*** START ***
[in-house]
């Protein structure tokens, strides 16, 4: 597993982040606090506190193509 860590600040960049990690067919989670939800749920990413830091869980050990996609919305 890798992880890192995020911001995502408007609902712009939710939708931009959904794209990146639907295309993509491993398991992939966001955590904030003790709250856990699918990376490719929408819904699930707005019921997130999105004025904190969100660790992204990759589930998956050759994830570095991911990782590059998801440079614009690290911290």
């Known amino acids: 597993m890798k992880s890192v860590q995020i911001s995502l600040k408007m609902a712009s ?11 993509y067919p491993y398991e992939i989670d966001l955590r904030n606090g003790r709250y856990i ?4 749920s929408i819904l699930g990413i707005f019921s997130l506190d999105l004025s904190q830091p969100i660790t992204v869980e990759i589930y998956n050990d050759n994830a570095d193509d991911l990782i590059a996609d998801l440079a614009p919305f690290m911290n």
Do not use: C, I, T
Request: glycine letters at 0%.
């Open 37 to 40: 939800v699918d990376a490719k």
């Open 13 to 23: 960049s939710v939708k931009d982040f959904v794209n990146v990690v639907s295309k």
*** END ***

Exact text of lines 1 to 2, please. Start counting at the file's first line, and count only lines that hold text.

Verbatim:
[in-house]
């Protein structure tokens, strides 16, 4: 597993982040606090506190193509 860590600040960049990690067919989670939800749920990413830091869980050990996609919305 890798992880890192995020911001995502408007609902712009939710939708931009959904794209990146639907295309993509491993398991992939966001955590904030003790709250856990699918990376490719929408819904699930707005019921997130999105004025904190969100660790992204990759589930998956050759994830570095991911990782590059998801440079614009690290911290």